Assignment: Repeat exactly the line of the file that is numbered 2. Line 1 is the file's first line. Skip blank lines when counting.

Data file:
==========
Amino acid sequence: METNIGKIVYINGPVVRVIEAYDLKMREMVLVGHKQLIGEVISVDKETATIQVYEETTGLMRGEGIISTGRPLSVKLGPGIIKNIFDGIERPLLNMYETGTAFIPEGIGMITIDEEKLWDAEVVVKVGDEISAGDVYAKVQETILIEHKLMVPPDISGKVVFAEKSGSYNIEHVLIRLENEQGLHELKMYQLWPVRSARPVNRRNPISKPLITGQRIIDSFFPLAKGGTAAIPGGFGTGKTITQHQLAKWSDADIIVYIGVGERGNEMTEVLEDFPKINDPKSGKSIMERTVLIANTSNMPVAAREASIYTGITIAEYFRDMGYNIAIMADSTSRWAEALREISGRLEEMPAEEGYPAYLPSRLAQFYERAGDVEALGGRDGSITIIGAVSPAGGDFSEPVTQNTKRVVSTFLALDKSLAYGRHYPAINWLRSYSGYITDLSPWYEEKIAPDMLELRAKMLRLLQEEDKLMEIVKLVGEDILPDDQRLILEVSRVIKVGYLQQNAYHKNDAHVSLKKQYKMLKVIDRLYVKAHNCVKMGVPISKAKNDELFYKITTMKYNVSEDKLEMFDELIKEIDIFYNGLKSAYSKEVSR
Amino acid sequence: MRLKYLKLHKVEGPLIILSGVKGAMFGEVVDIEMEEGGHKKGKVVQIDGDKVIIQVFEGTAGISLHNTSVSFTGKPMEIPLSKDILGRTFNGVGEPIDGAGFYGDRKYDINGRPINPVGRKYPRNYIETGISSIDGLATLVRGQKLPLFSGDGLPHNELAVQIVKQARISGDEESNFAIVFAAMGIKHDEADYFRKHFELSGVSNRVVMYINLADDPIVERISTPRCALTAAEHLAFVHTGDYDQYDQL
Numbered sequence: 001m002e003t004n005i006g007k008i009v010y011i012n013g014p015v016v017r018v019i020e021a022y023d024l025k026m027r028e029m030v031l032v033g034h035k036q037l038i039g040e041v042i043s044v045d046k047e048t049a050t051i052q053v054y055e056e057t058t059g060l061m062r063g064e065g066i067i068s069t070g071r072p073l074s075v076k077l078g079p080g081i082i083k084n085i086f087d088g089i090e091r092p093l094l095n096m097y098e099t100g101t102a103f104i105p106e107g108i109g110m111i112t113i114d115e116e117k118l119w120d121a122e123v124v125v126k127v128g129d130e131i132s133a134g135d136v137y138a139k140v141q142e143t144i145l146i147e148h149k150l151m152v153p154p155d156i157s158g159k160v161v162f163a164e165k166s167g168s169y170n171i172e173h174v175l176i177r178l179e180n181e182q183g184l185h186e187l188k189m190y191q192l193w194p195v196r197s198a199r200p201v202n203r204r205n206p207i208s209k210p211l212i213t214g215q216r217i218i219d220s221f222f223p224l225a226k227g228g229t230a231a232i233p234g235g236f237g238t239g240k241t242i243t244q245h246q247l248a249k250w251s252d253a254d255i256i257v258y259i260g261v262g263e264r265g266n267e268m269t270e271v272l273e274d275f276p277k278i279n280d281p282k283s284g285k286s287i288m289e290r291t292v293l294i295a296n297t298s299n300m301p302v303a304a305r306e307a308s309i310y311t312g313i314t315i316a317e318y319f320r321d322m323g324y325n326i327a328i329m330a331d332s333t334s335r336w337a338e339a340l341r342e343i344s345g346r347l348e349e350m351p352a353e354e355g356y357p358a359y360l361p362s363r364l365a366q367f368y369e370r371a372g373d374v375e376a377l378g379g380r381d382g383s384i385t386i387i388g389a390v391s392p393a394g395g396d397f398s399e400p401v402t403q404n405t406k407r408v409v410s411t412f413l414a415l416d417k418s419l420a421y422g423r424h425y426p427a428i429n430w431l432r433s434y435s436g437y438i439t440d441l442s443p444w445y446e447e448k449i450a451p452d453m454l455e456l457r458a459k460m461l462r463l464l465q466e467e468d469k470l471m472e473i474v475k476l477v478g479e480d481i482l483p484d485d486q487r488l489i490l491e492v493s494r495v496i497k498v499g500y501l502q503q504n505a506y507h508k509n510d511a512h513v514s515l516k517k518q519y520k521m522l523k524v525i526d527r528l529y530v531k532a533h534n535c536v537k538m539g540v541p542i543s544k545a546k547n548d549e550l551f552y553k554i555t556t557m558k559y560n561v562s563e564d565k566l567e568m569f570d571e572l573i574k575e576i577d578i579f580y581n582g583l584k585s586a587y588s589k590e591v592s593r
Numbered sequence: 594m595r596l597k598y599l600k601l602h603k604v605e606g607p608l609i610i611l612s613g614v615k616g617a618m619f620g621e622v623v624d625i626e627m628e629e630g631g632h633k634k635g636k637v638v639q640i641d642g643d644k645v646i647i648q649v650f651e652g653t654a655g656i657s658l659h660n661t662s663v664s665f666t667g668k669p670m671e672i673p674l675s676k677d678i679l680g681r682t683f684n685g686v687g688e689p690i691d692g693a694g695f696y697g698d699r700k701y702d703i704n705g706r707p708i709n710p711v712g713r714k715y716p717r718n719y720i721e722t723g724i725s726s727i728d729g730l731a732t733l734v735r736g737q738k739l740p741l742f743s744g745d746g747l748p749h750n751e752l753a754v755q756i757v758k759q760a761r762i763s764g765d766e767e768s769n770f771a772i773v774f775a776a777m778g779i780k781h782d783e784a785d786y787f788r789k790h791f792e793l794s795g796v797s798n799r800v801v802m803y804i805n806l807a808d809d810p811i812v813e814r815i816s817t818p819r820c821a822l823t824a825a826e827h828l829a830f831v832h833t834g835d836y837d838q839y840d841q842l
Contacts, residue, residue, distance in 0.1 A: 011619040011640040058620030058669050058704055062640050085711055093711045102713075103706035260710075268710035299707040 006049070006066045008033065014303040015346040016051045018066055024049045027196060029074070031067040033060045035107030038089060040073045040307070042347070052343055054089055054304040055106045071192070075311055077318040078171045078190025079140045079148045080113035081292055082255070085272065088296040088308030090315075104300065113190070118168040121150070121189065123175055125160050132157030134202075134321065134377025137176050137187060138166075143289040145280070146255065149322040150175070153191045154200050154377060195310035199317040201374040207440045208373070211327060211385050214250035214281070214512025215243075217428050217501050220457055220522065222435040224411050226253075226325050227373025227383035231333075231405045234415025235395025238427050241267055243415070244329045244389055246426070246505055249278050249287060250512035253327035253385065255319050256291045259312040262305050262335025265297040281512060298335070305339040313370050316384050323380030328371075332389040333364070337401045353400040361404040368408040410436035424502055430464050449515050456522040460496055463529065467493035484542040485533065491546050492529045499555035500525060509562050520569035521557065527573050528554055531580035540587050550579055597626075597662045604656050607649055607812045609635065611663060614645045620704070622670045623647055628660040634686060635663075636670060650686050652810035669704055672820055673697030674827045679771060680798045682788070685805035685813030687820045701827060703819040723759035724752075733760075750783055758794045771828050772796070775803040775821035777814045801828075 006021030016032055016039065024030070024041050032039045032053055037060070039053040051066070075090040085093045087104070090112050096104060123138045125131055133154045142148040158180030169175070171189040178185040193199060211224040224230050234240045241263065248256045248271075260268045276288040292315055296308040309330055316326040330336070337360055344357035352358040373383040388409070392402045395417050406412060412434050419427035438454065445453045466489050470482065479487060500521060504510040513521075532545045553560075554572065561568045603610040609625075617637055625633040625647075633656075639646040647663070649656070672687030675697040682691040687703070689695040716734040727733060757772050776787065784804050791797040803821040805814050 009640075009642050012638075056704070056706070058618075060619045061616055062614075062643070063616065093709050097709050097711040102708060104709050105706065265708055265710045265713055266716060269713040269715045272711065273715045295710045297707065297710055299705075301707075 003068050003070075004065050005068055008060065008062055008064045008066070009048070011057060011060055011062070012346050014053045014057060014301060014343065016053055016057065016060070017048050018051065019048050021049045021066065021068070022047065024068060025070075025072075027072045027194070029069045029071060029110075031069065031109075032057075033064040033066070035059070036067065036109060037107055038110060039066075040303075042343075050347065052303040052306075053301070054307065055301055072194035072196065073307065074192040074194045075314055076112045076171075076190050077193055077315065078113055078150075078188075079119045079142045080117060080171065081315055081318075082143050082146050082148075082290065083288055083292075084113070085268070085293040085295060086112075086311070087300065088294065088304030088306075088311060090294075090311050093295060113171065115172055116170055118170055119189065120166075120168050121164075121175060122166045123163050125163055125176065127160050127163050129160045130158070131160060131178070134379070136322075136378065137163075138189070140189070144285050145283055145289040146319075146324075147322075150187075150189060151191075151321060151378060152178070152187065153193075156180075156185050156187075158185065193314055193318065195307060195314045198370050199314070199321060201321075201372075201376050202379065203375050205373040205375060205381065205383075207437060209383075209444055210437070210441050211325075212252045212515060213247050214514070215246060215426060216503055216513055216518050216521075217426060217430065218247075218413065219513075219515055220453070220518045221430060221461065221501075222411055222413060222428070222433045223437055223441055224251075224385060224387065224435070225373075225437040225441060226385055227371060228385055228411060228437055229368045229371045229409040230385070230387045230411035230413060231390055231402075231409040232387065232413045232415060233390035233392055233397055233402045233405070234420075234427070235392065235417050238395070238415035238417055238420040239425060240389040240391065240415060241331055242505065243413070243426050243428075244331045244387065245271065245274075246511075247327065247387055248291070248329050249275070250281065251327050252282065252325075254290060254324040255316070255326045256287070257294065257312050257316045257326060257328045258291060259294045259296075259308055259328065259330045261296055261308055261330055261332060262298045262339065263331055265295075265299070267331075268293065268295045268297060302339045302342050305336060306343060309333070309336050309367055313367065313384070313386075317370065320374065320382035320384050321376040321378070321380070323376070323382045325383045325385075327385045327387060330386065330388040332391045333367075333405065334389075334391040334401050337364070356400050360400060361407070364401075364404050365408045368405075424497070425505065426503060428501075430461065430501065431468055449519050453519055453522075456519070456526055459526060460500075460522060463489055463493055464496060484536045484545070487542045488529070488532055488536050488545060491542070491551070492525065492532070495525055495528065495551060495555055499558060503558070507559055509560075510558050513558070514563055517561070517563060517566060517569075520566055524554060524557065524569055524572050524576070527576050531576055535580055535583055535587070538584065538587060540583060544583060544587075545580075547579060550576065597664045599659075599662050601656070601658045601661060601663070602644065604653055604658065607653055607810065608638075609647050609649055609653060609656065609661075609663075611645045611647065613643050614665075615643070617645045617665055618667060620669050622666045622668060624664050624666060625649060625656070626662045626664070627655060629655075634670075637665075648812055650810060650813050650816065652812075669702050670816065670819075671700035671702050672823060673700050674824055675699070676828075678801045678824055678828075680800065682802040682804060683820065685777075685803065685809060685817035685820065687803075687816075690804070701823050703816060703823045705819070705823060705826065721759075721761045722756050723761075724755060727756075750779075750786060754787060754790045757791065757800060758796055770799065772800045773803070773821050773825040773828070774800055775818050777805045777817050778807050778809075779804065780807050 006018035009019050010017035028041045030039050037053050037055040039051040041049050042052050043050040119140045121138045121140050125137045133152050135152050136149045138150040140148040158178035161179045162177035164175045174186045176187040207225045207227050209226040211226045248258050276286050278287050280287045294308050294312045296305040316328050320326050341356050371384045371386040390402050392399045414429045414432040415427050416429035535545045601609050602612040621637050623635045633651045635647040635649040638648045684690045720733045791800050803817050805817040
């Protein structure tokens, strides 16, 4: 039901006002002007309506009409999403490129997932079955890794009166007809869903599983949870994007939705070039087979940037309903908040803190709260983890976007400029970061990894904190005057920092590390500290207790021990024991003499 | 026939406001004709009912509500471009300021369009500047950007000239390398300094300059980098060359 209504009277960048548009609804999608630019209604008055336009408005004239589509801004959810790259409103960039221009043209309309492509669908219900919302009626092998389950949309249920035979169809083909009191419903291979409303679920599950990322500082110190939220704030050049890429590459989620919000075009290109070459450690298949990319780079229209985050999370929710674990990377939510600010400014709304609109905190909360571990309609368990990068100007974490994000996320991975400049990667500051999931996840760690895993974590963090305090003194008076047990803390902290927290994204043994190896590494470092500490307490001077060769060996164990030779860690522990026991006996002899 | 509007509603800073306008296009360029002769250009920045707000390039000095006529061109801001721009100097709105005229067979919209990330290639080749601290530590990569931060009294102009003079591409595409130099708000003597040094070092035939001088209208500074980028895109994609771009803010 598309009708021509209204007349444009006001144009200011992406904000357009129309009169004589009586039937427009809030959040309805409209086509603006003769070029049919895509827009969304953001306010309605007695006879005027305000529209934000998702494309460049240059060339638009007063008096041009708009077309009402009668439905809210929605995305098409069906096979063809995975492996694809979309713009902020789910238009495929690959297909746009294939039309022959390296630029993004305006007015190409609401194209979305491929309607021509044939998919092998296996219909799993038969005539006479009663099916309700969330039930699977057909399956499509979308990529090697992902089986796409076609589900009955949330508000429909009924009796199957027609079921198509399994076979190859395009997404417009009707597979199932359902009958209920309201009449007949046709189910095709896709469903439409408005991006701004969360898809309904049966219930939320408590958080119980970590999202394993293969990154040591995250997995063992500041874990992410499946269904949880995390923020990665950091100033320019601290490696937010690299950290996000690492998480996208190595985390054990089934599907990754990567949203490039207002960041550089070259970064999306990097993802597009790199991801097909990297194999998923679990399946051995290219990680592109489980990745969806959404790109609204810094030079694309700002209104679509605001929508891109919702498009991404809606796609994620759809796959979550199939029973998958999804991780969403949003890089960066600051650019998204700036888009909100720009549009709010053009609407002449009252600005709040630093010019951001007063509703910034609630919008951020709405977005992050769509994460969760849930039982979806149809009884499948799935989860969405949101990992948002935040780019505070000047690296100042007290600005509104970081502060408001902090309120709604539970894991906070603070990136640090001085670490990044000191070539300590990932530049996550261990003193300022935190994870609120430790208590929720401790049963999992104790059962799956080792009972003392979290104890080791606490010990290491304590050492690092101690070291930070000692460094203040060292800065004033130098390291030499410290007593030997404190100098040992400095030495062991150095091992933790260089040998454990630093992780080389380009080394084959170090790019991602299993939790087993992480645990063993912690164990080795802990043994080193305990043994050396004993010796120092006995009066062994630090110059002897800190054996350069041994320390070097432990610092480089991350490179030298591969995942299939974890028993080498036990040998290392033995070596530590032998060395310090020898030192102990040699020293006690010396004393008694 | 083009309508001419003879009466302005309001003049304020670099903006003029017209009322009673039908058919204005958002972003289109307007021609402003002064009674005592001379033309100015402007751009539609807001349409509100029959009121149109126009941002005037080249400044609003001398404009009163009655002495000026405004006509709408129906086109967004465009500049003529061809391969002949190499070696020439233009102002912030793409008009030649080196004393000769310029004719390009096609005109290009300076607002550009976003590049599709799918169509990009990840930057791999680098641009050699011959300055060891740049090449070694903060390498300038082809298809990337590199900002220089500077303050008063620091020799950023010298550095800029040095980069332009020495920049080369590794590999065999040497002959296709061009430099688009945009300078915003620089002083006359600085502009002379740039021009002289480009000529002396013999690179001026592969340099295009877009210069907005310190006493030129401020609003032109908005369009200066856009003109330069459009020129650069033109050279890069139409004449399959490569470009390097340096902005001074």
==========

Amino acid sequence: MRLKYLKLHKVEGPLIILSGVKGAMFGEVVDIEMEEGGHKKGKVVQIDGDKVIIQVFEGTAGISLHNTSVSFTGKPMEIPLSKDILGRTFNGVGEPIDGAGFYGDRKYDINGRPINPVGRKYPRNYIETGISSIDGLATLVRGQKLPLFSGDGLPHNELAVQIVKQARISGDEESNFAIVFAAMGIKHDEADYFRKHFELSGVSNRVVMYINLADDPIVERISTPRCALTAAEHLAFVHTGDYDQYDQL